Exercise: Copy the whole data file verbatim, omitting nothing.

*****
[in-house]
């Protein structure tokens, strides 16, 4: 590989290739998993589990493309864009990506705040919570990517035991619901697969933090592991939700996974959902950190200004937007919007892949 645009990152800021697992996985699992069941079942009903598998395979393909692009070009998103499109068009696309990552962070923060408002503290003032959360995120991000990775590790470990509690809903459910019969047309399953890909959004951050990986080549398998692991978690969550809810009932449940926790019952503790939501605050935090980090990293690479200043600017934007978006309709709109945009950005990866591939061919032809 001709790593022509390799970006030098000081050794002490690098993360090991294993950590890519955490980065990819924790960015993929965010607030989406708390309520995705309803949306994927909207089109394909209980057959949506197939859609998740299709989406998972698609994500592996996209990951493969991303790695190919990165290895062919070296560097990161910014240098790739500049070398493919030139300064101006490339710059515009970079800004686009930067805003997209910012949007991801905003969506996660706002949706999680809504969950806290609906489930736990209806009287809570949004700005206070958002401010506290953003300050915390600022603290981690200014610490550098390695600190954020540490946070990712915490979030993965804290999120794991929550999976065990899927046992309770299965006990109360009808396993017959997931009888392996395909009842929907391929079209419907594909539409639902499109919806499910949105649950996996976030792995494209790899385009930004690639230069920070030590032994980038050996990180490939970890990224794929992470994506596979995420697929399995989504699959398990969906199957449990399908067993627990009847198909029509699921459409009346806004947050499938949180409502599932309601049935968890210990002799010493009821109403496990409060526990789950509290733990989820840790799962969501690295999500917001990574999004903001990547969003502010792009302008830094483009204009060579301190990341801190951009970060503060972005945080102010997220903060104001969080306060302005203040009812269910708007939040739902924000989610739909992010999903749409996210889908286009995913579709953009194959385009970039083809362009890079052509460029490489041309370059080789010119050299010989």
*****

[in-house]
């Protein structure tokens, strides 16, 4: 590989290739998993589990493309864009990506705040919570990517035991619901697969933090592991939700996974959902950190200004937007919007892949 645009990152800021697992996985699992069941079942009903598998395979393909692009070009998103499109068009696309990552962070923060408002503290003032959360995120991000990775590790470990509690809903459910019969047309399953890909959004951050990986080549398998692991978690969550809810009932449940926790019952503790939501605050935090980090990293690479200043600017934007978006309709709109945009950005990866591939061919032809 001709790593022509390799970006030098000081050794002490690098993360090991294993950590890519955490980065990819924790960015993929965010607030989406708390309520995705309803949306994927909207089109394909209980057959949506197939859609998740299709989406998972698609994500592996996209990951493969991303790695190919990165290895062919070296560097990161910014240098790739500049070398493919030139300064101006490339710059515009970079800004686009930067805003997209910012949007991801905003969506996660706002949706999680809504969950806290609906489930736990209806009287809570949004700005206070958002401010506290953003300050915390600022603290981690200014610490550098390695600190954020540490946070990712915490979030993965804290999120794991929550999976065990899927046992309770299965006990109360009808396993017959997931009888392996395909009842929907391929079209419907594909539409639902499109919806499910949105649950996996976030792995494209790899385009930004690639230069920070030590032994980038050996990180490939970890990224794929992470994506596979995420697929399995989504699959398990969906199957449990399908067993627990009847198909029509699921459409009346806004947050499938949180409502599932309601049935968890210990002799010493009821109403496990409060526990789950509290733990989820840790799962969501690295999500917001990574999004903001990547969003502010792009302008830094483009204009060579301190990341801190951009970060503060972005945080102010997220903060104001969080306060302005203040009812269910708007939040739902924000989610739909992010999903749409996210889908286009995913579709953009194959385009970039083809362009890079052509460029490489041309370059080789010119050299010989």